Mitchell Smith wasn't sure how he'd reward himself after winning Sunday's Rhino Ramble marathon at the Dubbo Stampede, but he was certain it would not involve basmati rice.
In what was just his second marathon, the Dubbo boy returned home and took out the hugely popular Stampede's feature event in just under three hours.
As exciting as the win was, getting to change up his eating plans after all the preparation was something Smiith was also looking forward to.
"I don't know how I'll treat myself yet, but it won't be basmati rice because I've been eating basmati rice for the last four days straight," he said after the 42.2km event.
"Breakfast, lunch and dinner. That's no lie so it definitely won't have rice in it.
"Probably pizza and a beer or something like that."
Dedication is something needed if for anyone wanting to be a successful marathon runner and Smith is well on his way.
It was only roughly 18 months ago he started taking his running to the next level and while Sunday was just his second marathon he has contested a number of half marathons and smaller events.
A 12-week training block was what Smith used in the lead-up to the Stampede, but it was about much more than just getting out and running.
"You basically have to give up your weekends completely because at least one of those you run a long run and that's three hours out," he said.
"You've got to give up a lot of eating habits because you have to worry about what you eat before it, what you eat after it.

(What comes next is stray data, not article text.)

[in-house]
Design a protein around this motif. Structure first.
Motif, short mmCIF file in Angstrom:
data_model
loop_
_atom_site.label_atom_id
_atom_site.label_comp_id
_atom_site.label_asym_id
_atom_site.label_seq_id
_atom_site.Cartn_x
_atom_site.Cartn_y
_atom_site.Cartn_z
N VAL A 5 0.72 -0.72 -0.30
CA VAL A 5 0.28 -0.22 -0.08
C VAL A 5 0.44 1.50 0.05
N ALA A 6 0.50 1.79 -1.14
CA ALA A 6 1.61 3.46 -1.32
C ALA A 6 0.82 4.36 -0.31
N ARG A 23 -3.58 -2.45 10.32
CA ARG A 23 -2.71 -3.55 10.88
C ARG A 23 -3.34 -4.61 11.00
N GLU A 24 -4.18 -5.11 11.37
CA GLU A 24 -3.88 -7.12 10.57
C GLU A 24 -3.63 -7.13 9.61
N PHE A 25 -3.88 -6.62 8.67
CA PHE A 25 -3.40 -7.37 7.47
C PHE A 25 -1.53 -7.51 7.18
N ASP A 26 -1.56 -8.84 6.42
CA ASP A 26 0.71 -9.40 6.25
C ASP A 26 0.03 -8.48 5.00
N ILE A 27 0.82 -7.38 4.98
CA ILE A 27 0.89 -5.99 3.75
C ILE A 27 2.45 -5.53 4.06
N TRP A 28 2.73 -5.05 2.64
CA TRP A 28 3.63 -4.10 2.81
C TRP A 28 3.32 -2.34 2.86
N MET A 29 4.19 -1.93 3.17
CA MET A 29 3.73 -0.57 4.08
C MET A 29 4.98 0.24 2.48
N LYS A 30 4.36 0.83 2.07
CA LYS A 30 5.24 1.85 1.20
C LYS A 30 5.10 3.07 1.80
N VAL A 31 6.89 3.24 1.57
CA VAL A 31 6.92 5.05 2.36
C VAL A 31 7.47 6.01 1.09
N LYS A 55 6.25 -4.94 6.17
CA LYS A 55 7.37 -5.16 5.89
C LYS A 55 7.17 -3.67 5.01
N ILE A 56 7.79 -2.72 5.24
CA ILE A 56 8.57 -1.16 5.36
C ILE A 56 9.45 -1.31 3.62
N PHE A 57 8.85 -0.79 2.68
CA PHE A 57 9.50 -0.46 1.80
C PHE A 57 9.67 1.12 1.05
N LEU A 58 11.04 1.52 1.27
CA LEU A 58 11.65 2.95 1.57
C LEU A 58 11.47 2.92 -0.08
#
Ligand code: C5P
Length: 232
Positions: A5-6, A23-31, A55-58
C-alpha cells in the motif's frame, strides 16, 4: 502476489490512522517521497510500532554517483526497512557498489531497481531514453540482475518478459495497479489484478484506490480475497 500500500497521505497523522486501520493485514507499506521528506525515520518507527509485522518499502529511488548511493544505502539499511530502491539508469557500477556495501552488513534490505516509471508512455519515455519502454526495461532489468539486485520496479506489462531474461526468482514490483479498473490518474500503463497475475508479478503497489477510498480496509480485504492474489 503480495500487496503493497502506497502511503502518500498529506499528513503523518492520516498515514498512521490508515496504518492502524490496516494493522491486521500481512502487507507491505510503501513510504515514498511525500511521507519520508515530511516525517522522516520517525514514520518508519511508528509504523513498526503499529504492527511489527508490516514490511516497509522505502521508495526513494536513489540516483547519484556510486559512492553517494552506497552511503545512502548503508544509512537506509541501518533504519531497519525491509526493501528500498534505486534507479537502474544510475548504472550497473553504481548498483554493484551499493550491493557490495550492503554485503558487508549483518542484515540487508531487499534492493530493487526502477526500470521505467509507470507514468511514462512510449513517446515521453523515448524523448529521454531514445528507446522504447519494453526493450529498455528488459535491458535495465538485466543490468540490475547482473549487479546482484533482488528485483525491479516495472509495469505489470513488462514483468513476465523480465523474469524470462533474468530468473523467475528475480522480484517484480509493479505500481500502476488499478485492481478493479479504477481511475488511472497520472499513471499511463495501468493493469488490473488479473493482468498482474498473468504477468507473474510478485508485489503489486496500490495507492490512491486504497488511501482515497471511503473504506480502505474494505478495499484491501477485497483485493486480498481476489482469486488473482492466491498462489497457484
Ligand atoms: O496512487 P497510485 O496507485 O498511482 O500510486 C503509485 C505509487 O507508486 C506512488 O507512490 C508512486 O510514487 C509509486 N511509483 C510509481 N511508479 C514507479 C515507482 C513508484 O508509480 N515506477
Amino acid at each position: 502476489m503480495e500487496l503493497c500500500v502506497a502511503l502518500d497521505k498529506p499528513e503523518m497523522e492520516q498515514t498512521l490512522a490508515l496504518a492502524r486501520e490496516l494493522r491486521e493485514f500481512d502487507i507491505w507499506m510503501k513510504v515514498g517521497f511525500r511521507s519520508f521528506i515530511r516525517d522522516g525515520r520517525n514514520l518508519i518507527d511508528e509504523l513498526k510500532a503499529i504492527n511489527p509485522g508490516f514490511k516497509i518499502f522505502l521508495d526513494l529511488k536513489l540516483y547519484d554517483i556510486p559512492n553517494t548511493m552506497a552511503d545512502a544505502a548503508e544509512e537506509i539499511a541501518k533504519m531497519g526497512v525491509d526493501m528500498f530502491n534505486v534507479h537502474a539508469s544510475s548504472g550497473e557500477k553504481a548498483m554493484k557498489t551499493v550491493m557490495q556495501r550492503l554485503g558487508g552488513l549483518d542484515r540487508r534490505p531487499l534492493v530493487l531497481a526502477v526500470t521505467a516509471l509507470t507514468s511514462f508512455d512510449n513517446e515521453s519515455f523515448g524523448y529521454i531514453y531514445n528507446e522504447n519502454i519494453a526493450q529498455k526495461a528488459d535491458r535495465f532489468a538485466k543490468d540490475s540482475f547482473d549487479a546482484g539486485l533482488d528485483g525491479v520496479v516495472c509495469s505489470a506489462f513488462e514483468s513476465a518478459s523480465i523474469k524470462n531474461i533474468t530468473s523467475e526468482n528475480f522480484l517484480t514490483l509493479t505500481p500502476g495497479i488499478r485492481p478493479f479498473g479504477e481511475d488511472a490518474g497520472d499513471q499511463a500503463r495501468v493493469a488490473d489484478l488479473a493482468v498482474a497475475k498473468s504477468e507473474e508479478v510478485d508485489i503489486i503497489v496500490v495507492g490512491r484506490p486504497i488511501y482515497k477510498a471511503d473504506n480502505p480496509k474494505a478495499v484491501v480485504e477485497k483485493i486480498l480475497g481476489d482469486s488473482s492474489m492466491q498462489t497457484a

"Your weeks are pretty tough as well because you work or go to uni or whatever it is and then you've got to get up and go for you run either in the morning or arvo.
"It's four or five days a week running and then two days a week in the gym as well."
Smith is currently in his final year at university at Wollongong, having previously lived his whole life in Dubbo.
Winning his home marathon wasn't something he expected, even approaching the final 10km on Sunday, but getting to share the moment with a number of family and friends present added to the occasion.
"That was pretty good," he said.
"It's a different experience coming out home and the running the local one but it was fun, enjoyable.
"It does mean a little bit (being at home). Probably a bit more than I'd like to admit. I didn't expect it at all."
Smith was running second when the field hit the 30km milestone but in what is always the most gruelling part of a marathon, it was he who lifted and went on to win in a time of 2:58:54.
"They reckon a marathon doesn't start until 30kms, that's when you start racing," Smith said.
"I had that in my head the whole time and knew when I got to 30 I had tot ry and push a button and hold on and it came good.
"The training shone through a bit."
Last year's Gold Coast Marathon was Smith's first long distance event while the Stampede was his first big event after three months of sickness kept him sidelined around the New Year.
Scott Brakenridge finished second in the marathon while John Morris was third.
As impressive as Smith's win was, it was close to 20 minutes behind the record time set last year by Sydney runner Keith MacPherson.
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